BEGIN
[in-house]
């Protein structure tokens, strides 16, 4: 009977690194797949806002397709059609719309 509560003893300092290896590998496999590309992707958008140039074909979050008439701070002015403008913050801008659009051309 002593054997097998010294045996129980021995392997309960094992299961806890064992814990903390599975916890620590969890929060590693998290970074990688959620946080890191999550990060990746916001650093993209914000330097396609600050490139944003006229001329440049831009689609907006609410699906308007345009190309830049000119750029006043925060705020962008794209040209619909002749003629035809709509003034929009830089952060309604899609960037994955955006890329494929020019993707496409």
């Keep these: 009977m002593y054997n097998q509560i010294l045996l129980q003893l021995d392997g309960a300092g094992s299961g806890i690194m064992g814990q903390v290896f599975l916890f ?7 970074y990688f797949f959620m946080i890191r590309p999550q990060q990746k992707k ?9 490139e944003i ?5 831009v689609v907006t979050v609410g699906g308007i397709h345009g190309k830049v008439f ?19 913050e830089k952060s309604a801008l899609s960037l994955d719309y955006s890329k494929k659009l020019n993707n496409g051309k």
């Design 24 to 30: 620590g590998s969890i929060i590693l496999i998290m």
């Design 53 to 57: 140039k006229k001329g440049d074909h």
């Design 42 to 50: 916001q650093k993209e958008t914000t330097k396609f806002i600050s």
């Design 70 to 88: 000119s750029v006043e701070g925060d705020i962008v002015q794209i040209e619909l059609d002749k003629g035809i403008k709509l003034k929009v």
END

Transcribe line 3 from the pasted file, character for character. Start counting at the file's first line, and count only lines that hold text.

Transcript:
């Keep these: 009977m002593y054997n097998q509560i010294l045996l129980q003893l021995d392997g309960a300092g094992s299961g806890i690194m064992g814990q903390v290896f599975l916890f ?7 970074y990688f797949f959620m946080i890191r590309p999550q990060q990746k992707k ?9 490139e944003i ?5 831009v689609v907006t979050v609410g699906g308007i397709h345009g190309k830049v008439f ?19 913050e830089k952060s309604a801008l899609s960037l994955d719309y955006s890329k494929k659009l020019n993707n496409g051309k």